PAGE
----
RAID1 is a “Mirrored set without parity” which provides 1:1 redundancy for a system’s data. It provides full redundancy from disk errors and failure of all but one of the drives. Contains an increased in read performance when used by a multi-threaded operating system that supports split seeks, though there is a very slight performance penalty when writing data to the array. The array will continue to run as long as at least a single survivor of the array exists. A minimum of 2 drives is required, and some devices may not even support more then 2 drives to create such an array.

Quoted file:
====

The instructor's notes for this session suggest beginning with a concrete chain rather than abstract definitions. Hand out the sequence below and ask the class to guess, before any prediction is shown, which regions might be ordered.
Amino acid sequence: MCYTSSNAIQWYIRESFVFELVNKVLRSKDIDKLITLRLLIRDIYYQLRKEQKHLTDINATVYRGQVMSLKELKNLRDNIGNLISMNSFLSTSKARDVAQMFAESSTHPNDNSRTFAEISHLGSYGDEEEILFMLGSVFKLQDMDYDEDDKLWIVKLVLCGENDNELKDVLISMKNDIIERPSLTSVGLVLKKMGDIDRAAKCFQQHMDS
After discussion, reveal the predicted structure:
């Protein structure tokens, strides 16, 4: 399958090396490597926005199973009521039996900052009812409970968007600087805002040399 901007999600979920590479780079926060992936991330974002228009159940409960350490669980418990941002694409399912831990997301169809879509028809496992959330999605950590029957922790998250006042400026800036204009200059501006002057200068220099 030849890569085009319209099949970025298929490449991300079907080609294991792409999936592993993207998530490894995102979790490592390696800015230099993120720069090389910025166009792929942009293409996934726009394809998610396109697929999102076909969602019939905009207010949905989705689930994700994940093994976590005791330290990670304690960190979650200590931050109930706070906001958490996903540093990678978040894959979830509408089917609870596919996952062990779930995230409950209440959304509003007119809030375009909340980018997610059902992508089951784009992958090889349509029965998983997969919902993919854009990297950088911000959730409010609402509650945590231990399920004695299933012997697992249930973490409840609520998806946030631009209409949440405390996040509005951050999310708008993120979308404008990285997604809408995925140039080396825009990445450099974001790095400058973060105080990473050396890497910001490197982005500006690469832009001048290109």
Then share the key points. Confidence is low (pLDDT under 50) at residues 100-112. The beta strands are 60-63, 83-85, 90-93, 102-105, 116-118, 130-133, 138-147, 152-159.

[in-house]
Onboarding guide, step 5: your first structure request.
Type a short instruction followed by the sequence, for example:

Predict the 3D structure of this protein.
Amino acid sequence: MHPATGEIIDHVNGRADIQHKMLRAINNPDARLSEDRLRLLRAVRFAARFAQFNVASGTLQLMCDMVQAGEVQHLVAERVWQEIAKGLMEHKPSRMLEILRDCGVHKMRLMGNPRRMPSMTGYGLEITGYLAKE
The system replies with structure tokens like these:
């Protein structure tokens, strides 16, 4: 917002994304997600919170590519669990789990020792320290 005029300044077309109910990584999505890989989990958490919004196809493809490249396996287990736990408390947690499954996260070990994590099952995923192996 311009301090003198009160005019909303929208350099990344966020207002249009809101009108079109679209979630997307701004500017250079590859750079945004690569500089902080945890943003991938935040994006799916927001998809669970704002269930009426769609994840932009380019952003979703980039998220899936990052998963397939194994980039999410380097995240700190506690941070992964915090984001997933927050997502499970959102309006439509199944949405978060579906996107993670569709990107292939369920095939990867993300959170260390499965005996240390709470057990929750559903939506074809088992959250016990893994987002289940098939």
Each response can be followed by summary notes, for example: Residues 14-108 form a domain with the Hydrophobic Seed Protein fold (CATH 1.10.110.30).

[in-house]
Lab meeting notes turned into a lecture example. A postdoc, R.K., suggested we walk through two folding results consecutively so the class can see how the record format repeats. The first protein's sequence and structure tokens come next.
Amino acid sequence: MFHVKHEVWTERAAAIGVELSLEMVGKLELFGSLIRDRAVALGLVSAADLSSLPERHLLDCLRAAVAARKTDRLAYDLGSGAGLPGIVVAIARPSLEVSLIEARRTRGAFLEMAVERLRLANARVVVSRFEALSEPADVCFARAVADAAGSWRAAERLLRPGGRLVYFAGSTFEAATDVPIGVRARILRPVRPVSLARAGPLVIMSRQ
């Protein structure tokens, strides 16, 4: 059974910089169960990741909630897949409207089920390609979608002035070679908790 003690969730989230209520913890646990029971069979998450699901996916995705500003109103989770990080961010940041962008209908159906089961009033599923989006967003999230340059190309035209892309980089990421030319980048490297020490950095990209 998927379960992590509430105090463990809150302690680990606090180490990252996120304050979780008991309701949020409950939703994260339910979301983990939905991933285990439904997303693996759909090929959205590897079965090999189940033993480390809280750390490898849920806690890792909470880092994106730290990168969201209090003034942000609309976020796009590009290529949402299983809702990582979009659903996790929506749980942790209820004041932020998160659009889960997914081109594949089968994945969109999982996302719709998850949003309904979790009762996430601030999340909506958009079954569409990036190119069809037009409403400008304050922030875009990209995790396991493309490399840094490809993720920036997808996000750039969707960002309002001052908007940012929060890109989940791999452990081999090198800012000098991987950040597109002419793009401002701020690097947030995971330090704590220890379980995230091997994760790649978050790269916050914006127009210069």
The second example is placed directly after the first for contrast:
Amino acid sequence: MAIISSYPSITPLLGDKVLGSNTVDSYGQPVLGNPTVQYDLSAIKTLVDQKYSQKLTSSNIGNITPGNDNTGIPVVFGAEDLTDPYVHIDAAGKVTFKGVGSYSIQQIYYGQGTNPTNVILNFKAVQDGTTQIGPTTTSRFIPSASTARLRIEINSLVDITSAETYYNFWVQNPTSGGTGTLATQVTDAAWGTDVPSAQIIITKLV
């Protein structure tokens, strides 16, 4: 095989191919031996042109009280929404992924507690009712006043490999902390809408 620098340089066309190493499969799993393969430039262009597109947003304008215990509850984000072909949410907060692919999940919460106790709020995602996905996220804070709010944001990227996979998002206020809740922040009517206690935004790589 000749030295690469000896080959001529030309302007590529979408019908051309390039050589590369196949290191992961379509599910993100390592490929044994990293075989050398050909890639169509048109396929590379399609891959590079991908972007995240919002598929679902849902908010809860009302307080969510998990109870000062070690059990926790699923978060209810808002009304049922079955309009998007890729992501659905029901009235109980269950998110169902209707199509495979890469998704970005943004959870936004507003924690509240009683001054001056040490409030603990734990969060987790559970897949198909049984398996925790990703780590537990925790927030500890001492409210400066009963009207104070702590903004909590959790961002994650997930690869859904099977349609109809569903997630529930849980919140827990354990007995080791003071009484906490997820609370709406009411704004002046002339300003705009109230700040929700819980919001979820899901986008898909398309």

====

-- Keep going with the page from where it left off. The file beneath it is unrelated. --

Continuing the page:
RAID0 is a “Striped set without parity” which actually provides no redundancy, but does provide an increase in storage performance. If any individual drive should fail it would destroy the entire array. When the data is written to a RAID0 array, the data is broken into fragments which depends upon the number of drives in the array. Fragments are written to their drives simultaneously at the same position. Doing this permits smaller sections of the entire chunk of data to be read off the drive at the same, increasing speed/bandwidth. RAID0 does not contain any form error checking therefore any errors will be unrecoverable. More drives in the array means higher bandwidth, but greater risk of data loss. A minimum of 2 drives is required to achieve this configuration.